- Set Up Scoring Requirements For The Batsmen – Work with the batsmen you are bowling to in practice. Tell them to imagine they need to score 30 runs off the next 18 balls, or some sort of similar total. Your task after that will be to go into death bowling mode, and use your variations to stop them connecting cleanly with the ball. If they hit the ball out of the middle of the bat, you can agree on how many runs you think that kind of shot would have resulted in. You can even set up imaginary field placings etc. The more realistic you make these kinds of sessions, the better they will prepare you!
- Practice Bowling Your Full Complement Of Overs – If you play 20 over cricket, practice bowling your full 4 over spell. If you play 50 over cricket, practice bowling your full 10 over spell. While you are doing this, focus on not bowling any wide or off target deliveries. At the start of your spell, you should focus on bowling more length deliveries, with maybe 1 or 2 variations per over. In your last couple of overs, focus on mixing up the deliveries that you bowl, trying to bowl all of your variations accurately. This kind of practice helps to improve your bowling stamina, as well as your accuracy, and it can be done with or without a batsman present!
Put the hours in practicing these kinds of things in the nets, and you’ll see your confidence and abilities improve a lot!
Work With Your Captain & Bowl To Your Field
In order to bowl well at the death of the innings you must work with your captain and make sure you have the right sort of field set for the deliveries you’re trying to bowl.
If you bowl an accurate yorker at the stumps, batsmen will find it hard to hit this delivery square of the wicket. Therefore, for this ball you should make sure you have fielders covering areas down the ground and behind the wicket, in case they try to clip you down to third man or fine leg.
If you’re choosing to bowl a few bouncers, then you’ll need a few fielders on the leg-side boundary so that batsmen can’t play the hook shot in the air without risking being out caught! The aim at this stage of the game is to make the batsmen take risks in order to get boundaries. The more risks they take, the higher chance they’re going to get out at some point!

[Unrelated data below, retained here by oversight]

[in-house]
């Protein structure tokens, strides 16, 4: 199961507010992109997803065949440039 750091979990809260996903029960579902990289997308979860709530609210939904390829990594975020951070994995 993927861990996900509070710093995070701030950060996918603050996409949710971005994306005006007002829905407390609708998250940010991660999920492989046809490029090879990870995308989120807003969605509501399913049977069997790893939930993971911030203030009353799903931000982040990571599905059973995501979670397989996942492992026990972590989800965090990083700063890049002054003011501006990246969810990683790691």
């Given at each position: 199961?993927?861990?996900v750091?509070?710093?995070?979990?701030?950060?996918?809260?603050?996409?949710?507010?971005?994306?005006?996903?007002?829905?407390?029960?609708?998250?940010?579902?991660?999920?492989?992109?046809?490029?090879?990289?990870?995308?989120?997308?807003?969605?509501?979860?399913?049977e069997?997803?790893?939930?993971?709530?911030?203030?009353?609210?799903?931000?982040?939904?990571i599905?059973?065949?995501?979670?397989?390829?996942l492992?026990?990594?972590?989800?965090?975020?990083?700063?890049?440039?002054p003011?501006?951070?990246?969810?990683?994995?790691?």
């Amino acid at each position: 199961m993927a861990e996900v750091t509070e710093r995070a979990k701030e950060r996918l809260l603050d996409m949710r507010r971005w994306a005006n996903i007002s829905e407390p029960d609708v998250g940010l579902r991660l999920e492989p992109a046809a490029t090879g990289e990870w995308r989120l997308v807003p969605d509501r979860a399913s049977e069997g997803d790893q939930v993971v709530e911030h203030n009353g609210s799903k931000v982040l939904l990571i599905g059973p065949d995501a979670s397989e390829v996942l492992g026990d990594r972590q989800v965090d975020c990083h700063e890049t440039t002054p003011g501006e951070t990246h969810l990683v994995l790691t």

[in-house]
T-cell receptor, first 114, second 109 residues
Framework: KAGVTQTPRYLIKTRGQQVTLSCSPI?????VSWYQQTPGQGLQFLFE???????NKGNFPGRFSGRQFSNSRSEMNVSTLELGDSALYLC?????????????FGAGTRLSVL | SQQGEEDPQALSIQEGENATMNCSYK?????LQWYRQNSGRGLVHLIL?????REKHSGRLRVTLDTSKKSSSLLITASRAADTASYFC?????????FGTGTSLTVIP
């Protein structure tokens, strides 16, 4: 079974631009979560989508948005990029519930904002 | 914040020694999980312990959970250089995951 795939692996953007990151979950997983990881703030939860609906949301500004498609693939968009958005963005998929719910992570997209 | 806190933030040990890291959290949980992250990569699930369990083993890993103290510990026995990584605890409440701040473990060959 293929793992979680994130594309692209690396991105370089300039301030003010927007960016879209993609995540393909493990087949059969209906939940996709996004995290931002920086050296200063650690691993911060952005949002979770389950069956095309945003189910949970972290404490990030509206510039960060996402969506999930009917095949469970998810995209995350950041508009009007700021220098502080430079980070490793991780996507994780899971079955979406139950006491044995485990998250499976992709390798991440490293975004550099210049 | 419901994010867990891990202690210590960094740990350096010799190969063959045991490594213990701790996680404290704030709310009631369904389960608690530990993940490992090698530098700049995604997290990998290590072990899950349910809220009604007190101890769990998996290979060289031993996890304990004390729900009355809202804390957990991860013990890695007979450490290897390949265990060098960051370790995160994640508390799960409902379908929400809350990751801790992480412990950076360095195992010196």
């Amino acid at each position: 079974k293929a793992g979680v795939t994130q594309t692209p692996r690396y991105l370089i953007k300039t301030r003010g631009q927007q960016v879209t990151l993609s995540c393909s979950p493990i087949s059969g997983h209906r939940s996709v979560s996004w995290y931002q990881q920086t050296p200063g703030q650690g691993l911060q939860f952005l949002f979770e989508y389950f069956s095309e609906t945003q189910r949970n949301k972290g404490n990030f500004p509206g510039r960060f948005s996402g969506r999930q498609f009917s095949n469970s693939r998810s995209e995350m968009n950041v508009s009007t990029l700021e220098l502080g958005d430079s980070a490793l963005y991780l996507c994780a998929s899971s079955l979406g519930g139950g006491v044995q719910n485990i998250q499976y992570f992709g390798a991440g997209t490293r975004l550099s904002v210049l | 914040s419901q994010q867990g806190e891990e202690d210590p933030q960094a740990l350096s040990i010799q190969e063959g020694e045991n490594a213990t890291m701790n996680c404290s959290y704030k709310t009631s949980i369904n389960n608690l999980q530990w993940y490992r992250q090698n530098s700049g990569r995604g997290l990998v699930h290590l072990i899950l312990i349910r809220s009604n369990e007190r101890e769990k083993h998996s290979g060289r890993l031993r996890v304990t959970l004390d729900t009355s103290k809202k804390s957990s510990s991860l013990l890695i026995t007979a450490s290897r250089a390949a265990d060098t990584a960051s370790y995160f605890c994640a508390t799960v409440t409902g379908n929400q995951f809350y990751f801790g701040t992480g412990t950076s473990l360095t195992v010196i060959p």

More often than not, you’ll always need a fielder on the mid-wicket boundary, as this is the most common area that batsmen will try to hit at the end of the innings!
Encourage your captain to work with you and set the fields that you think are going to help you keep the run rate down.
To summarise, these are the kinds of things you should be discussing with your captain:
- What sort of deliveries you plan to bowl, and how the field needs to be set to defend the areas that the batsmen are likely to try to hit.
- What are the strengths of the batsmen? What sort of areas have they been looking to hit the ball in?
- Discuss how the field should be altered if you’re bowling to a right handed/left handed batsman
- Make sure you have your best fielders in the key positions such as on the boundary.
Have Aggressive Intent!
As I’ve already said, bowling at the end of the innings is a battle between you and the batsmen. It is a battle that you have to want to win if you’re going to be successful.
Yes, there is a high chance that you may get hit for more runs if you bowl during this period of the game, but don’t let that sway you or knock your confidence. It happens to everyone! Many professionals like bowling at this point in the game because even if they do get hit for a few more runs, they will often get more wickets due to the batsmen taking more risks! More wickets always make bowlers feel better! Taking wickets is also incredibly important at this stage of the innings. This brings new batsmen to the crease who will then find it difficult to start hitting boundaries straight away! This benefits your team and your own bowling figures!
You have to have a strong mentality to bowl at the death. Have intent, and back yourself to beat the batsman! Take pride in each delivery and put all your effort in to it. Every run you prevent the other team from scoring could be that one run that allows you to win the game. Remember, as the bowler in this situation you are in control and they will have to react to the deliveries that you choose to bowl.
Be Ready To Change Your Delivery At The Last Second
As we’re running in to bowl, some batsman will move around the crease to try and distract us or get themselves into a better position to play a shot. As bowlers we have to be prepared for this! As long as the batsman doesn’t move at the very last second, we have a small window of time in which we can adjust our line/length to combat the movements they have made.
Some batsmen choose to back away towards the leg side, and if we see this happen while we are still in the run up phase of our action then we may choose to adjust our line and move it further towards the leg side. Batsmen who make this movement are often trying to create more room for themselves to hit through the off-side. By following them and bowling at their body we deny them the room they are looking for.
If you see the batsman advancing down the pitch towards you, you might choose to bowl the ball shorter or adjust your length to compensate for the movement they have made.
Always be prepared to change your plans at the last second if you need to! It could be the difference between bowling a dot ball and being hit for a boundary!
I hope this has given you some inspiration to continue practicing the art that is death bowling! In my opinion theres not many better things to watch in cricket than a great death bowler executing their skills under pressure, and if you can pull it off, it can be very rewarding for you and the team!